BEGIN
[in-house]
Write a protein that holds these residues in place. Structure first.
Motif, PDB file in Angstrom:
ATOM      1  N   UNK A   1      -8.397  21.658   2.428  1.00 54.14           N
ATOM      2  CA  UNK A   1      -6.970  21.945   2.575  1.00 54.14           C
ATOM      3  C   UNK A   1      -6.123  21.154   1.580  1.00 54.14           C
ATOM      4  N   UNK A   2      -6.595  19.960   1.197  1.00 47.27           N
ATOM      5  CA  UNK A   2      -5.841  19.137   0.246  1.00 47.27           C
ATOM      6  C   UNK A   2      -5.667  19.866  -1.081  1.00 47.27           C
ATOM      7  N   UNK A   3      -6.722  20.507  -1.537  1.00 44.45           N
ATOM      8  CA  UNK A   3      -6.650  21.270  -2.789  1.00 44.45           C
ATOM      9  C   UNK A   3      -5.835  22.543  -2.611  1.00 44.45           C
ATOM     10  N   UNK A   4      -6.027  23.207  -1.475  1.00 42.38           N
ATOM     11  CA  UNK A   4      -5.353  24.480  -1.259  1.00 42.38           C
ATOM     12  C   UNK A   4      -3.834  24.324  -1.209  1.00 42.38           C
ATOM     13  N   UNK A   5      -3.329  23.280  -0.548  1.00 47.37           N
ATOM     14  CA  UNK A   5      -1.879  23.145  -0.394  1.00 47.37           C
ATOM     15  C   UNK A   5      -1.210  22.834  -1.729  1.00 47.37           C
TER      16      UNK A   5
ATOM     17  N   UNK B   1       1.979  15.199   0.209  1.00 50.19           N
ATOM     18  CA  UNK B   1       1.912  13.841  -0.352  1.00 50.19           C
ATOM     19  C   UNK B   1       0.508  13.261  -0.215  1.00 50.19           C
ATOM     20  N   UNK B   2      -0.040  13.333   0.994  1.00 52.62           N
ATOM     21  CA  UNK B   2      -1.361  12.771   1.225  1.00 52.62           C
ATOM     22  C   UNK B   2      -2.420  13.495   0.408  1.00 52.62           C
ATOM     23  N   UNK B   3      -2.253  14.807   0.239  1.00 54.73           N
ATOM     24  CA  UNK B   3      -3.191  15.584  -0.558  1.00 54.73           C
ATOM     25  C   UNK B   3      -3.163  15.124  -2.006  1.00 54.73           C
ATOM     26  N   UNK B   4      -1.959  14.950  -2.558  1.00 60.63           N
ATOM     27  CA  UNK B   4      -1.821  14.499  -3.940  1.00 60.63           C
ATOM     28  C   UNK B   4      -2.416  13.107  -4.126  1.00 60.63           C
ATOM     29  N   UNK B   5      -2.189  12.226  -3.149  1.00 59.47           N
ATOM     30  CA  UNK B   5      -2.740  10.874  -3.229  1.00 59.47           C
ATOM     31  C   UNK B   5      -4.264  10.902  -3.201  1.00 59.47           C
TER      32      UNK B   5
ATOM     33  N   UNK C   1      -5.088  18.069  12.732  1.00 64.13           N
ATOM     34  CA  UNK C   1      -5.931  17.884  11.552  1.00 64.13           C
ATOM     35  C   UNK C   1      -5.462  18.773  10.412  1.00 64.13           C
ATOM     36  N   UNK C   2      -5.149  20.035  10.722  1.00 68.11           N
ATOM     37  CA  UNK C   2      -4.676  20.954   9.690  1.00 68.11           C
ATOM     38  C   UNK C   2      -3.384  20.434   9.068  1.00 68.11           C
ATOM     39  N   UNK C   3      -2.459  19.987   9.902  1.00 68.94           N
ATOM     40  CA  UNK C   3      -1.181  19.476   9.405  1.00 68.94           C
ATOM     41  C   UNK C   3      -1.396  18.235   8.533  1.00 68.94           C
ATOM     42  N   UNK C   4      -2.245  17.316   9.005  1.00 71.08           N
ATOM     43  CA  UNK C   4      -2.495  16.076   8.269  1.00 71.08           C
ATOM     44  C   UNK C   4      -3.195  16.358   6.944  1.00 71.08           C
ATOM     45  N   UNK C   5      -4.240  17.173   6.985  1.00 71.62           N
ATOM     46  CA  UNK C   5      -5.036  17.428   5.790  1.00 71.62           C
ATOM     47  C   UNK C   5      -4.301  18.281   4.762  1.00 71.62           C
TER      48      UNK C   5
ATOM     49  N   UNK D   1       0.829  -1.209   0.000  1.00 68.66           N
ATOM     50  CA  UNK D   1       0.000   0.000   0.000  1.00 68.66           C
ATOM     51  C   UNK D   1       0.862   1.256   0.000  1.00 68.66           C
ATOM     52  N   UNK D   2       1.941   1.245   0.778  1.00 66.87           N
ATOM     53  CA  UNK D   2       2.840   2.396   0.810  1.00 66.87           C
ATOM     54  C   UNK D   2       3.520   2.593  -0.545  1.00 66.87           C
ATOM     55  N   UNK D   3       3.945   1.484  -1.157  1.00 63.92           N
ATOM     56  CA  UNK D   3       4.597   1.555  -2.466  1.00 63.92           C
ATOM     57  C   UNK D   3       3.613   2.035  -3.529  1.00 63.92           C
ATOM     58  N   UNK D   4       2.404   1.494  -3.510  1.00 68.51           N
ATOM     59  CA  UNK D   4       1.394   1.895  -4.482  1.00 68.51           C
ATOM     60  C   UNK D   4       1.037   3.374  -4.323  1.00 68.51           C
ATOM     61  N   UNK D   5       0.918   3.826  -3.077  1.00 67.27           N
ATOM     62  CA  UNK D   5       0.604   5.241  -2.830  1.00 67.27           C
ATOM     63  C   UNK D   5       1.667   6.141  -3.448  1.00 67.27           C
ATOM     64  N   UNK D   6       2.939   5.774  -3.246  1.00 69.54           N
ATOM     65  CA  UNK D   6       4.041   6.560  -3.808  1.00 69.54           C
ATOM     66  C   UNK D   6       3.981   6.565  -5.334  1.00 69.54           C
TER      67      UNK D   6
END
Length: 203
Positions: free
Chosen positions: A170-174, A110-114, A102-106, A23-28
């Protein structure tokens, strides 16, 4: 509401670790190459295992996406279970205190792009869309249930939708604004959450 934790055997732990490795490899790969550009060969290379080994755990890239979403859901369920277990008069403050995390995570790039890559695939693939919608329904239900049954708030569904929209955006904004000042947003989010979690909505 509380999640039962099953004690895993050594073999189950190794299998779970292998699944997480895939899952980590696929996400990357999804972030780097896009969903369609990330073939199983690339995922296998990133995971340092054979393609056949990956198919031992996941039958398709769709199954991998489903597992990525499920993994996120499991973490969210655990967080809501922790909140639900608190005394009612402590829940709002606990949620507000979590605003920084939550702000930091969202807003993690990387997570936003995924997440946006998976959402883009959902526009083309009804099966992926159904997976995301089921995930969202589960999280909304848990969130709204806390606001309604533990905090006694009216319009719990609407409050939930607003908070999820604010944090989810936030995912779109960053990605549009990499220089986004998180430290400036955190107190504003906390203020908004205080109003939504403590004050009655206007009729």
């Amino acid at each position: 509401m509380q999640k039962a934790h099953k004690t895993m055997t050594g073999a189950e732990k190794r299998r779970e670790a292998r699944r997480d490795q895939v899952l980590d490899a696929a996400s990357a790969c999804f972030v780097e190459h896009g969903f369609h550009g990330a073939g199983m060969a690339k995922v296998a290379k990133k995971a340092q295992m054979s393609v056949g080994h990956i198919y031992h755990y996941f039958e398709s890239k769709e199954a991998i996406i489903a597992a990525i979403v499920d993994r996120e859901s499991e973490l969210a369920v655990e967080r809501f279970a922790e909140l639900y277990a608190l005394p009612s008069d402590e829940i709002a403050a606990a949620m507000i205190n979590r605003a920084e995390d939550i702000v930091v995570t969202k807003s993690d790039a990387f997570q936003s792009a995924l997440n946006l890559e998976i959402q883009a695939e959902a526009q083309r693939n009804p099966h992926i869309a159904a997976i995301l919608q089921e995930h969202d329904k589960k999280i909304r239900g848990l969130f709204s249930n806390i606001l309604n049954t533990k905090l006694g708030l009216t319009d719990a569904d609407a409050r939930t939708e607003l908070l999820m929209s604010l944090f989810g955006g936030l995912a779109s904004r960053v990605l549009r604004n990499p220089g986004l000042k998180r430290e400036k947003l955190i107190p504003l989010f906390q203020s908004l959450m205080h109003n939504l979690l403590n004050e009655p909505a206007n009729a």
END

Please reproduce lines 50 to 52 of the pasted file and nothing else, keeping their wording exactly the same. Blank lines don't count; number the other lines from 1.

ATOM     47  C   UNK C   5      -4.301  18.281   4.762  1.00 71.62           C
TER      48      UNK C   5
ATOM     49  N   UNK D   1       0.829  -1.209   0.000  1.00 68.66           N